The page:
Whatever you do to build your meditative practice just ensure that the practice is yours and catered to your needs. Live the present on your terms.


This website uses cookies

As a user in the EEA, your approval is needed on a few things. To provide a better website experience, uses cookies (and other similar technologies) and may collect, process, and share personal data. Please choose which areas of our service you consent to our doing so.

For more information on managing or withdrawing consents and how we handle data, visit our Privacy Policy at:

Show Details
HubPages Device IDThis is used to identify particular browsers or devices when the access the service, and is used for security reasons.
LoginThis is necessary to sign in to the HubPages Service.
Google RecaptchaThis is used to prevent bots and spam. (Privacy Policy)
AkismetThis is used to detect comment spam. (Privacy Policy)
HubPages Google AnalyticsThis is used to provide data on traffic to our website, all personally identifyable data is anonymized. (Privacy Policy)
HubPages Traffic PixelThis is used to collect data on traffic to articles and other pages on our site. Unless you are signed in to a HubPages account, all personally identifiable information is anonymized.
Amazon Web ServicesThis is a cloud services platform that we used to host our service. (Privacy Policy)
CloudflareThis is a cloud CDN service that we use to efficiently deliver files required for our service to operate such as javascript, cascading style sheets, images, and videos. (Privacy Policy)
Google Hosted LibrariesJavascript software libraries such as jQuery are loaded at endpoints on the or domains, for performance and efficiency reasons. (Privacy Policy)
Google Custom SearchThis is feature allows you to search the site. (Privacy Policy)
Google MapsSome articles have Google Maps embedded in them. (Privacy Policy)
Google ChartsThis is used to display charts and graphs on articles and the author center. (Privacy Policy)
Google AdSense Host APIThis service allows you to sign up for or associate a Google AdSense account with HubPages, so that you can earn money from ads on your articles. No data is shared unless you engage with this feature. (Privacy Policy)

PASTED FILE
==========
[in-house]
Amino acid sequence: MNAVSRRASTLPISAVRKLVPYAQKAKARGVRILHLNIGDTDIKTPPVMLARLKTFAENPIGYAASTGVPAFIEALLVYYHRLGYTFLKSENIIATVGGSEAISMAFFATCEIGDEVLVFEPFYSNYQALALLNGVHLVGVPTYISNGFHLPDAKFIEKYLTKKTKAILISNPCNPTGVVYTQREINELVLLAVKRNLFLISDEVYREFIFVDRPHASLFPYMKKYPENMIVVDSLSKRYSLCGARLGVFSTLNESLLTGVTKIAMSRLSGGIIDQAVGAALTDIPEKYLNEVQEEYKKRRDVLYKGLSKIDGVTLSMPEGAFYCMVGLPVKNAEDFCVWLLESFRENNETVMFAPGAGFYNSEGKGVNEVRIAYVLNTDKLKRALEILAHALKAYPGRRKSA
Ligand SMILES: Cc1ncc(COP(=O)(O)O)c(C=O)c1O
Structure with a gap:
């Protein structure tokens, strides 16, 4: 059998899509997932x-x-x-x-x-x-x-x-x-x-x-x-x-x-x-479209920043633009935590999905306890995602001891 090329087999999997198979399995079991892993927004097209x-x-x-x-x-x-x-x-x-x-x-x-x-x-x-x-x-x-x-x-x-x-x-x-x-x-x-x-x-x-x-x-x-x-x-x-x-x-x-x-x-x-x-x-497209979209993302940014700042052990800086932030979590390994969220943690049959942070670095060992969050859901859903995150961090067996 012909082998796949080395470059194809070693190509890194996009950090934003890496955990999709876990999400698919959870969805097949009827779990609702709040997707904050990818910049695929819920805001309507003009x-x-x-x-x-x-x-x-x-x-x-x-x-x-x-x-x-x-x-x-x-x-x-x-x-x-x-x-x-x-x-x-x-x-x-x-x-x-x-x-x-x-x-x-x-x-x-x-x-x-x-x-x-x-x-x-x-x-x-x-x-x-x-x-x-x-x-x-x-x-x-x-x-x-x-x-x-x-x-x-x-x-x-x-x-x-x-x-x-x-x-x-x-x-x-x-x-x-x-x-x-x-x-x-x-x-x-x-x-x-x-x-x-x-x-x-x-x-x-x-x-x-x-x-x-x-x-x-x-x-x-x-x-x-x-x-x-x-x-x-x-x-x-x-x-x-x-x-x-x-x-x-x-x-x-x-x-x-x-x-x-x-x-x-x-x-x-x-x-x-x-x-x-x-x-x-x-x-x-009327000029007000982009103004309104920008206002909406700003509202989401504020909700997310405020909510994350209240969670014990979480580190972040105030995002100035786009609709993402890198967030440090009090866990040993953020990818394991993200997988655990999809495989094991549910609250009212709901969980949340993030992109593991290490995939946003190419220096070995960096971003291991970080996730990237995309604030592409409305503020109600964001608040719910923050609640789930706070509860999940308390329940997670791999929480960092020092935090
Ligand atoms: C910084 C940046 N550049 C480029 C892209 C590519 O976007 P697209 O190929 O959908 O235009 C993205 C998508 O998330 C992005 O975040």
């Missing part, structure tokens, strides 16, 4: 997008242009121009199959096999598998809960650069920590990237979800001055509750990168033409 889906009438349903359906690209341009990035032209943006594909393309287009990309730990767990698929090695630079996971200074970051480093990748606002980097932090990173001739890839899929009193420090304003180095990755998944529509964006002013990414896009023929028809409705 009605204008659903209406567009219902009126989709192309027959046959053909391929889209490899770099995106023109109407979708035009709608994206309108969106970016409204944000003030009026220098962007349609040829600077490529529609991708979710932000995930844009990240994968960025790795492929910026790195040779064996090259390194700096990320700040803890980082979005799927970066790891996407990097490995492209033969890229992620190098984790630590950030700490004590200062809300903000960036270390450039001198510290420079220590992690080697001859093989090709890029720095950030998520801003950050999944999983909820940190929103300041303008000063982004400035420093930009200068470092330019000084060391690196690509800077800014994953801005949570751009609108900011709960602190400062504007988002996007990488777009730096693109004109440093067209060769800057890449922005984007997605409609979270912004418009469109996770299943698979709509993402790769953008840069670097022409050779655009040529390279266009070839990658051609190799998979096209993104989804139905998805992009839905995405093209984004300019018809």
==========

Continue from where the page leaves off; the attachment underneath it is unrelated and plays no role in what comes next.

Google YouTubeSome articles have YouTube videos embedded in them. (Privacy Policy)
VimeoSome articles have Vimeo videos embedded in them. (Privacy Policy)
PaypalThis is used for a registered author who enrolls in the HubPages Earnings program and requests to be paid via PayPal. No data is shared with Paypal unless you engage with this feature. (Privacy Policy)
Facebook LoginYou can use this to streamline signing up for, or signing in to your Hubpages account. No data is shared with Facebook unless you engage with this feature. (Privacy Policy)
MavenThis supports the Maven widget and search functionality. (Privacy Policy)
Google AdSenseThis is an ad network. (Privacy Policy)
Google DoubleClickGoogle provides ad serving technology and runs an ad network. (Privacy Policy)
Index ExchangeThis is an ad network. (Privacy Policy)
SovrnThis is an ad network. (Privacy Policy)
Facebook AdsThis is an ad network. (Privacy Policy)
Amazon Unified Ad MarketplaceThis is an ad network. (Privacy Policy)
AppNexusThis is an ad network. (Privacy Policy)
OpenxThis is an ad network. (Privacy Policy)
Rubicon ProjectThis is an ad network. (Privacy Policy)
TripleLiftThis is an ad network. (Privacy Policy)
Say MediaWe partner with Say Media to deliver ad campaigns on our sites. (Privacy Policy)
Remarketing PixelsWe may use remarketing pixels from advertising networks such as Google AdWords, Bing Ads, and Facebook in order to advertise the HubPages Service to people that have visited our sites.
Conversion Tracking PixelsWe may use conversion tracking pixels from advertising networks such as Google AdWords, Bing Ads, and Facebook in order to identify when an advertisement has successfully resulted in the desired action, such as signing up for the HubPages Service or publishing an article on the HubPages Service.
Author Google AnalyticsThis is used to provide traffic data and reports to the authors of articles on the HubPages Service. (Privacy Policy)
ComscoreComScore is a media measurement and analytics company providing marketing data and analytics to enterprises, media and advertising agencies, and publishers. Non-consent will result in ComScore only processing obfuscated personal data. (Privacy Policy)
Amazon Tracking PixelSome articles display amazon products as part of the Amazon Affiliate program, this pixel provides traffic statistics for those products (Privacy Policy)
ClickscoThis is a data management platform studying reader behavior (Privacy Policy)